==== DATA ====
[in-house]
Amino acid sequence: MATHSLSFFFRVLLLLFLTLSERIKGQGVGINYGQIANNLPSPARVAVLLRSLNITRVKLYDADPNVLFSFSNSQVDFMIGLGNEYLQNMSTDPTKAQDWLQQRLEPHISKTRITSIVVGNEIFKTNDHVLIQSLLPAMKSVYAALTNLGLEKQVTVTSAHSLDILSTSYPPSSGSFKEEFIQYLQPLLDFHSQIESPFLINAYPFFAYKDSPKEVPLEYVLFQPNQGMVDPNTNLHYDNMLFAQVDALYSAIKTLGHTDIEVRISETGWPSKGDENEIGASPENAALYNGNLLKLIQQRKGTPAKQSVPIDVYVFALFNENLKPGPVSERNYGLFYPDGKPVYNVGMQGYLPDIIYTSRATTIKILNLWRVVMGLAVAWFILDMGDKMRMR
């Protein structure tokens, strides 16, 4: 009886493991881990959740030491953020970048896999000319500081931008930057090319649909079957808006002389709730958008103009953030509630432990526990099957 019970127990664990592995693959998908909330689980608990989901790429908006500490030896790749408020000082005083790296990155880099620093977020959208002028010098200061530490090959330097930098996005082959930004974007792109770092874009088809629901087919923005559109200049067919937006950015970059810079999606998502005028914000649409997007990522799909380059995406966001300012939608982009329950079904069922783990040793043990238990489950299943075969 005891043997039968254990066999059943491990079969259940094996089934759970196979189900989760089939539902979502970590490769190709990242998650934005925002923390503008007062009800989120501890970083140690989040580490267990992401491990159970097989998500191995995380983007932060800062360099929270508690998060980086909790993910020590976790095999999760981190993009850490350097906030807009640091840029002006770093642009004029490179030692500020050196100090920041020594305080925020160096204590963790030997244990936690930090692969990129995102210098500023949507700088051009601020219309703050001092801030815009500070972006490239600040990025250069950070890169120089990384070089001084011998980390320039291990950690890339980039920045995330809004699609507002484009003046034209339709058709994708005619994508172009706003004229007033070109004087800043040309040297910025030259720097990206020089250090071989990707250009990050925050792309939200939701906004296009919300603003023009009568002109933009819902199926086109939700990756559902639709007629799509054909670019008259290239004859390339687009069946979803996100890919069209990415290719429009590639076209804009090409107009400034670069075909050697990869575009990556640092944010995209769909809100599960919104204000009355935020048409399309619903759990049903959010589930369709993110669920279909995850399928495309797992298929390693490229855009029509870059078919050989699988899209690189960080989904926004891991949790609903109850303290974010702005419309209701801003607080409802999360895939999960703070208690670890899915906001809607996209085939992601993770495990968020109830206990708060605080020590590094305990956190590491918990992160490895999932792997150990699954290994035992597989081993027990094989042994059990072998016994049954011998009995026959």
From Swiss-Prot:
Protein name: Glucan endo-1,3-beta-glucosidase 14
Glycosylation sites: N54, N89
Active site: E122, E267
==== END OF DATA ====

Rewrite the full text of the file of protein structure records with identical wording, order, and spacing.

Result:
[in-house]
Amino acid sequence: MATHSLSFFFRVLLLLFLTLSERIKGQGVGINYGQIANNLPSPARVAVLLRSLNITRVKLYDADPNVLFSFSNSQVDFMIGLGNEYLQNMSTDPTKAQDWLQQRLEPHISKTRITSIVVGNEIFKTNDHVLIQSLLPAMKSVYAALTNLGLEKQVTVTSAHSLDILSTSYPPSSGSFKEEFIQYLQPLLDFHSQIESPFLINAYPFFAYKDSPKEVPLEYVLFQPNQGMVDPNTNLHYDNMLFAQVDALYSAIKTLGHTDIEVRISETGWPSKGDENEIGASPENAALYNGNLLKLIQQRKGTPAKQSVPIDVYVFALFNENLKPGPVSERNYGLFYPDGKPVYNVGMQGYLPDIIYTSRATTIKILNLWRVVMGLAVAWFILDMGDKMRMR
């Protein structure tokens, strides 16, 4: 009886493991881990959740030491953020970048896999000319500081931008930057090319649909079957808006002389709730958008103009953030509630432990526990099957 019970127990664990592995693959998908909330689980608990989901790429908006500490030896790749408020000082005083790296990155880099620093977020959208002028010098200061530490090959330097930098996005082959930004974007792109770092874009088809629901087919923005559109200049067919937006950015970059810079999606998502005028914000649409997007990522799909380059995406966001300012939608982009329950079904069922783990040793043990238990489950299943075969 005891043997039968254990066999059943491990079969259940094996089934759970196979189900989760089939539902979502970590490769190709990242998650934005925002923390503008007062009800989120501890970083140690989040580490267990992401491990159970097989998500191995995380983007932060800062360099929270508690998060980086909790993910020590976790095999999760981190993009850490350097906030807009640091840029002006770093642009004029490179030692500020050196100090920041020594305080925020160096204590963790030997244990936690930090692969990129995102210098500023949507700088051009601020219309703050001092801030815009500070972006490239600040990025250069950070890169120089990384070089001084011998980390320039291990950690890339980039920045995330809004699609507002484009003046034209339709058709994708005619994508172009706003004229007033070109004087800043040309040297910025030259720097990206020089250090071989990707250009990050925050792309939200939701906004296009919300603003023009009568002109933009819902199926086109939700990756559902639709007629799509054909670019008259290239004859390339687009069946979803996100890919069209990415290719429009590639076209804009090409107009400034670069075909050697990869575009990556640092944010995209769909809100599960919104204000009355935020048409399309619903759990049903959010589930369709993110669920279909995850399928495309797992298929390693490229855009029509870059078919050989699988899209690189960080989904926004891991949790609903109850303290974010702005419309209701801003607080409802999360895939999960703070208690670890899915906001809607996209085939992601993770495990968020109830206990708060605080020590590094305990956190590491918990992160490895999932792997150990699954290994035992597989081993027990094989042994059990072998016994049954011998009995026959």
From Swiss-Prot:
Protein name: Glucan endo-1,3-beta-glucosidase 14
Glycosylation sites: N54, N89
Active site: E122, E267